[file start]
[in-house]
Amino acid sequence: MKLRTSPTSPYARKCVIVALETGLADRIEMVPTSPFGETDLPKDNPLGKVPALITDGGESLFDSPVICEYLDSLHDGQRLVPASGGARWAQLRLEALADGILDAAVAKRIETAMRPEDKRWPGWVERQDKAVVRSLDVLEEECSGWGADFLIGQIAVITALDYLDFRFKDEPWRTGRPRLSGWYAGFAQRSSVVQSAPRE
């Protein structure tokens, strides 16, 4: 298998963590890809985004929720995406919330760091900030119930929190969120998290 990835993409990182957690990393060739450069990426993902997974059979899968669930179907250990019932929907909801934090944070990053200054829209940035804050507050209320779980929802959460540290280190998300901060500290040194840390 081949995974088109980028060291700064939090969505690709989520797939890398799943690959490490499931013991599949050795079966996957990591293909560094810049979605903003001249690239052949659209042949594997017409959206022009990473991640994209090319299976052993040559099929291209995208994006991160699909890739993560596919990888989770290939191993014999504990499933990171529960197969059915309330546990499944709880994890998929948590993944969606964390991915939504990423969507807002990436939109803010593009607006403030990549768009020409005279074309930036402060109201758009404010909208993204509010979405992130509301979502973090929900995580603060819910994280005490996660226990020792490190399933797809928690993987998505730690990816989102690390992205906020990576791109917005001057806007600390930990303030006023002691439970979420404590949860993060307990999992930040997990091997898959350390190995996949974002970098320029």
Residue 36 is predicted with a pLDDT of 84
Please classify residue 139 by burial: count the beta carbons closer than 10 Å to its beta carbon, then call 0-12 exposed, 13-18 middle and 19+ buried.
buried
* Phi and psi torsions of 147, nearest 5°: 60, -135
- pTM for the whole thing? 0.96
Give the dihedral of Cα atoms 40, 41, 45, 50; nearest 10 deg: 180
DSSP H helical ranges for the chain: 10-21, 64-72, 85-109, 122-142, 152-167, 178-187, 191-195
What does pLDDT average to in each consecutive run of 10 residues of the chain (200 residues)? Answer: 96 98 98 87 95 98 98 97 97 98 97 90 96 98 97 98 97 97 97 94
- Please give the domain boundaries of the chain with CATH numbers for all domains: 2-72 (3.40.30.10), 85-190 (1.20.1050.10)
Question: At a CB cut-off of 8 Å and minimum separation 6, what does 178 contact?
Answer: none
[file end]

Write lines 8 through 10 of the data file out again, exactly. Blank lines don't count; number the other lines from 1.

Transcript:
- pTM for the whole thing? 0.96
Give the dihedral of Cα atoms 40, 41, 45, 50; nearest 10 deg: 180
DSSP H helical ranges for the chain: 10-21, 64-72, 85-109, 122-142, 152-167, 178-187, 191-195